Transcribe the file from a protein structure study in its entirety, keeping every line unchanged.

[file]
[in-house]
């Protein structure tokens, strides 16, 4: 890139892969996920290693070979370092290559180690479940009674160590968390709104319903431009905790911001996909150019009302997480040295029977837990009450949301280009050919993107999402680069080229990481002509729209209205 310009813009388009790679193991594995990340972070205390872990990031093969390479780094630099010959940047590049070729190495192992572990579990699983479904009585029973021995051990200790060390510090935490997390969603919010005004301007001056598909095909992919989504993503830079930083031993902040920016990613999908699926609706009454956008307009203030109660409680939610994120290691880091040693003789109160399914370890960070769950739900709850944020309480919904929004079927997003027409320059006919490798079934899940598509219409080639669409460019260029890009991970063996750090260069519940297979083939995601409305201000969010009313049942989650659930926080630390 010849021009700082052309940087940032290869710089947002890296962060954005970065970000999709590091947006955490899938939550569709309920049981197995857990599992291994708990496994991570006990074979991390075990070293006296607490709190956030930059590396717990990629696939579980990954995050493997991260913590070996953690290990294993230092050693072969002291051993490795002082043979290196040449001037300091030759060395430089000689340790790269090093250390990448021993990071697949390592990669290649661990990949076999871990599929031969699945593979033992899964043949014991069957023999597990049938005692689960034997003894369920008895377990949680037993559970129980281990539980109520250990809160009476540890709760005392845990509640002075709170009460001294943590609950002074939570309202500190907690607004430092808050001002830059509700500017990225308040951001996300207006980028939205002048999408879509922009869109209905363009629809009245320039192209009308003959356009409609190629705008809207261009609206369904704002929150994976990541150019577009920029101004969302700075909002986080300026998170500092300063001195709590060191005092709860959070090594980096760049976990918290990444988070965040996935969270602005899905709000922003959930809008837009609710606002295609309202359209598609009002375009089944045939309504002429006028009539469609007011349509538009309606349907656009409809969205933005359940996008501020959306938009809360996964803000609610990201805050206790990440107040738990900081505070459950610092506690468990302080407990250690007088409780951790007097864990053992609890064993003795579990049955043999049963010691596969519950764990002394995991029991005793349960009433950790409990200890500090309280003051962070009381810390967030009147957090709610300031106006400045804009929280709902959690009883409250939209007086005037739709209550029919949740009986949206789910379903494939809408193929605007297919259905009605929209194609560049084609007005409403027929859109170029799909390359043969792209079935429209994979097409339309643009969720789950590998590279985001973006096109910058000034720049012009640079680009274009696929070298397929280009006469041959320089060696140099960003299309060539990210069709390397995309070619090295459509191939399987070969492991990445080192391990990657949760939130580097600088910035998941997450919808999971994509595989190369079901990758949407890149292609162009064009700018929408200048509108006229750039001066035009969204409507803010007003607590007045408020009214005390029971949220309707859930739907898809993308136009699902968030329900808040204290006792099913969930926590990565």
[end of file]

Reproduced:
[in-house]
């Protein structure tokens, strides 16, 4: 890139892969996920290693070979370092290559180690479940009674160590968390709104319903431009905790911001996909150019009302997480040295029977837990009450949301280009050919993107999402680069080229990481002509729209209205 310009813009388009790679193991594995990340972070205390872990990031093969390479780094630099010959940047590049070729190495192992572990579990699983479904009585029973021995051990200790060390510090935490997390969603919010005004301007001056598909095909992919989504993503830079930083031993902040920016990613999908699926609706009454956008307009203030109660409680939610994120290691880091040693003789109160399914370890960070769950739900709850944020309480919904929004079927997003027409320059006919490798079934899940598509219409080639669409460019260029890009991970063996750090260069519940297979083939995601409305201000969010009313049942989650659930926080630390 010849021009700082052309940087940032290869710089947002890296962060954005970065970000999709590091947006955490899938939550569709309920049981197995857990599992291994708990496994991570006990074979991390075990070293006296607490709190956030930059590396717990990629696939579980990954995050493997991260913590070996953690290990294993230092050693072969002291051993490795002082043979290196040449001037300091030759060395430089000689340790790269090093250390990448021993990071697949390592990669290649661990990949076999871990599929031969699945593979033992899964043949014991069957023999597990049938005692689960034997003894369920008895377990949680037993559970129980281990539980109520250990809160009476540890709760005392845990509640002075709170009460001294943590609950002074939570309202500190907690607004430092808050001002830059509700500017990225308040951001996300207006980028939205002048999408879509922009869109209905363009629809009245320039192209009308003959356009409609190629705008809207261009609206369904704002929150994976990541150019577009920029101004969302700075909002986080300026998170500092300063001195709590060191005092709860959070090594980096760049976990918290990444988070965040996935969270602005899905709000922003959930809008837009609710606002295609309202359209598609009002375009089944045939309504002429006028009539469609007011349509538009309606349907656009409809969205933005359940996008501020959306938009809360996964803000609610990201805050206790990440107040738990900081505070459950610092506690468990302080407990250690007088409780951790007097864990053992609890064993003795579990049955043999049963010691596969519950764990002394995991029991005793349960009433950790409990200890500090309280003051962070009381810390967030009147957090709610300031106006400045804009929280709902959690009883409250939209007086005037739709209550029919949740009986949206789910379903494939809408193929605007297919259905009605929209194609560049084609007005409403027929859109170029799909390359043969792209079935429209994979097409339309643009969720789950590998590279985001973006096109910058000034720049012009640079680009274009696929070298397929280009006469041959320089060696140099960003299309060539990210069709390397995309070619090295459509191939399987070969492991990445080192391990990657949760939130580097600088910035998941997450919808999971994509595989190369079901990758949407890149292609162009064009700018929408200048509108006229750039001066035009969204409507803010007003607590007045408020009214005390029971949220309707859930739907898809993308136009699902968030329900808040204290006792099913969930926590990565």